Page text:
For nearly 100 years, United Way California Capital Region has brought local people together to make community change happen. With a mission to build stronger, healthier and more compassionate communities, the local United Way starts at square one: helping every family succeed so their community can too. Serving Amador, El Dorado, Placer, Sacramento and Yolo counties, the local United Way is working to meet its 20-year commitment to significantly reduce poverty in the region by helping kids excel in school, investing in families, creating meaningful partnerships and organizing to lift impacted families. For more information or to make a donation, visit YourLocalUnitedWay.org.

United Way Seeks Free Tax Prep Volunteers

Volunteers are needed to help local families file their taxes and apply for refunds as part of United Way California Capital Region’s Free Tax Prep program that will open again in early 2022. No experience is required, and training is provided through a combination of self-study and online live sessions to become an IRS-certified volunteer with the program. To learn more: YourLocalUnitedWay.org/freetaxprep-volunteer.  

“After a tumultuous year, it’s more important than ever that local families receive help applying for the maximum tax benefits for which they are eligible,” said Amber Lovett, interim president and CEO, United Way California Capital Region. “Our Free Tax Prep volunteers play a big role in ensuring families have the financial resources for their kids to succeed in school and career.”

Each year, United Way California Capital Region works with hundreds of volunteers to help households earning less than $66,000 annually file their taxes for free. Last tax season, the program helped more than 4,000 families receive $7.5 million in refunds.

“United Way’s Free Tax Prep program helps put tax dollars in people’s pockets,” said Katherine Green, program volunteer. “As a Free Tax Prep program volunteer, I look forward to meeting new people and helping them think beyond daily survival so they can have greater control over their resources and their life. I believe in strengthening vulnerable communities to reduce poverty, and this program opens doors for the community.”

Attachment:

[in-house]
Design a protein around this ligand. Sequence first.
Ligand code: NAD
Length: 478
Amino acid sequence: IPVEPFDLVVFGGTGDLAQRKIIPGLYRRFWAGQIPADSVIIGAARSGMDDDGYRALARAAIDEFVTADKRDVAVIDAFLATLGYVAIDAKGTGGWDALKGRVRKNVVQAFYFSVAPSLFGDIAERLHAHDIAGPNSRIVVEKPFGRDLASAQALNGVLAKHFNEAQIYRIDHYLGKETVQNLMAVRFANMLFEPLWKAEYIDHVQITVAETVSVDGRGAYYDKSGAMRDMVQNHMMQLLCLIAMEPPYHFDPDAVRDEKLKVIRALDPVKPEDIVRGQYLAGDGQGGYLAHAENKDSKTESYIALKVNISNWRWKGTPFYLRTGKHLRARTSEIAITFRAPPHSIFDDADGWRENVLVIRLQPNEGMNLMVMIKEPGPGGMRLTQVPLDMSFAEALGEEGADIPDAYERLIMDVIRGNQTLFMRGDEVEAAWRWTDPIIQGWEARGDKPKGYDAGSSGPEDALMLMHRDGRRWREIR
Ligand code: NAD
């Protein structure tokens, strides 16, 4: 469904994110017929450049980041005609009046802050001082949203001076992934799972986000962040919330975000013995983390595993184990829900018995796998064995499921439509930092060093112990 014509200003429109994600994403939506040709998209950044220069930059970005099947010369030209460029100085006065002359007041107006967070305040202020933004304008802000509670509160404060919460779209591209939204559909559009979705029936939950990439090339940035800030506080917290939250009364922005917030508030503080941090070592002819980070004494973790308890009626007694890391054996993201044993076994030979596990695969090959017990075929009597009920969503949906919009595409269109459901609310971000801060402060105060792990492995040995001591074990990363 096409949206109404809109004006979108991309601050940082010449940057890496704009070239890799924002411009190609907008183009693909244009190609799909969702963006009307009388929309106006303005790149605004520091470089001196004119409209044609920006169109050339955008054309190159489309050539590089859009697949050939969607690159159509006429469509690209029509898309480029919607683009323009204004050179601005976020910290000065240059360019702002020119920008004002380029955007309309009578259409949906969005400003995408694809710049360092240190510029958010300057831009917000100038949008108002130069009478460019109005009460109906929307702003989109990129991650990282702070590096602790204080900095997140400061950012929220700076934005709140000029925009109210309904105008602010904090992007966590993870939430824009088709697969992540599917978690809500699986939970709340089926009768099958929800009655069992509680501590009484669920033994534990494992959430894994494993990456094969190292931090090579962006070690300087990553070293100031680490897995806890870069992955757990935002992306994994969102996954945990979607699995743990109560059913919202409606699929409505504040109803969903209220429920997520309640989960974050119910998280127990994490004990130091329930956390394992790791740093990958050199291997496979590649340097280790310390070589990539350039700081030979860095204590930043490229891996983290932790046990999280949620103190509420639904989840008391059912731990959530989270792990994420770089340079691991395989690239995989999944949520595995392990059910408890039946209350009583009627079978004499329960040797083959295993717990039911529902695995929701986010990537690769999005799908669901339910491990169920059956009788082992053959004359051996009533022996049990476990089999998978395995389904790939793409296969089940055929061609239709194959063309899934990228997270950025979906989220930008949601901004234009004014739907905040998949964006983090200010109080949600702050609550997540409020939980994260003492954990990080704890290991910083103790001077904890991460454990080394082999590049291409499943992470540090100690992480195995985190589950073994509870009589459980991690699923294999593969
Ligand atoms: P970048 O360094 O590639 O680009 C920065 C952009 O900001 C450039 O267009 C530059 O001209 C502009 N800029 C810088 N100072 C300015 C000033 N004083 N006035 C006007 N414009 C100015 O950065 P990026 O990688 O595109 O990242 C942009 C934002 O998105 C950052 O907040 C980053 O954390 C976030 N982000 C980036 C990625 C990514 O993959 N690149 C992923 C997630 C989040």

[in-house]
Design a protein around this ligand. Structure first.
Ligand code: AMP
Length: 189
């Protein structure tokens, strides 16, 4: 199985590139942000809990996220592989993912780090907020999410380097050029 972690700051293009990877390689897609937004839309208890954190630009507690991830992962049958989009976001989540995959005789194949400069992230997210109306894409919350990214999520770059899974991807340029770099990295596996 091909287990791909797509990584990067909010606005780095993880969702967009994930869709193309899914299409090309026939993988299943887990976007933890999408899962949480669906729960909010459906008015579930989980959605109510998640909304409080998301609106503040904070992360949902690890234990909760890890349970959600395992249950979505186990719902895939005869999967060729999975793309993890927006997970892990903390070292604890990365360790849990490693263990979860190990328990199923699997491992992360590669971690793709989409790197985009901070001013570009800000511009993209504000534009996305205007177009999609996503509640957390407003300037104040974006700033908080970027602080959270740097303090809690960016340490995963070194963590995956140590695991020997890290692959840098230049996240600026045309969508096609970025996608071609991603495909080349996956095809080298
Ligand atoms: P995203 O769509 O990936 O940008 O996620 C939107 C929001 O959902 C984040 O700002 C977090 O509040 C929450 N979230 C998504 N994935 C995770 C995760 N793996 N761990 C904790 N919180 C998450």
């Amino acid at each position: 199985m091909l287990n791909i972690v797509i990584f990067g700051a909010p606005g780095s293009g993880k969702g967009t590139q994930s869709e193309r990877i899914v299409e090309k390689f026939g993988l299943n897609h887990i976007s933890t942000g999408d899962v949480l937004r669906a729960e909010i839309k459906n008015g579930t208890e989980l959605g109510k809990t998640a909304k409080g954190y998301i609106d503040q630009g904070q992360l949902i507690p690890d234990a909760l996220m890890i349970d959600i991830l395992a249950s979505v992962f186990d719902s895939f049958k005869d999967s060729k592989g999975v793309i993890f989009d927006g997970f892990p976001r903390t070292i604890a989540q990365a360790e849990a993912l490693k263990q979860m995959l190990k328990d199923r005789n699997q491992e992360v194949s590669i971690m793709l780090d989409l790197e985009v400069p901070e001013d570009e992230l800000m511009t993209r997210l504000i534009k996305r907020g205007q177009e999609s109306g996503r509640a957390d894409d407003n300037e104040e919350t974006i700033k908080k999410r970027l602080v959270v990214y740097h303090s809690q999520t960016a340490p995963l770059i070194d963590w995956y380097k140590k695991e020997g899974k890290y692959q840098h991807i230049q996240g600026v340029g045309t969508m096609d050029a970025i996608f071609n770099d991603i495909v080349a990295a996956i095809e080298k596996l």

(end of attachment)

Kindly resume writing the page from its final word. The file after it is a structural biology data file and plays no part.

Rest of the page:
For nearly 100 years, United Way California Capital Region has brought local people together to make community change happen. With a mission to build stronger, healthier and more compassionate communities, the local United Way starts at square one: helping every family succeed so their community can too. Serving Amador, El Dorado, Placer, Sacramento and Yolo counties, the local United Way is working to meet its 20-year commitment to significantly reduce poverty in the region by building capacity in undervalued communities, creating meaningful partnerships, seeking equity in education and making social justice investments in families. For more information or to make a donation, visit YourLocalUnitedWay.org.

Local United Way Names New President and CEO

Dr. Dawnté Early has been named president and CEO of United Way California Capital Region. She will begin the position on Nov. 16, leading the local United Way chapter into its 100th anniversary year.

“I am excited to lead this amazing organization of passionate regional leaders committed to reducing poverty and investing in the education of our most vulnerable community members,” Early said. “As we near the 100th anniversary, I look forward to growing our partnerships to help the region emerge from the pandemic with an even sharper focus on increasing economic security and reducing disparities.”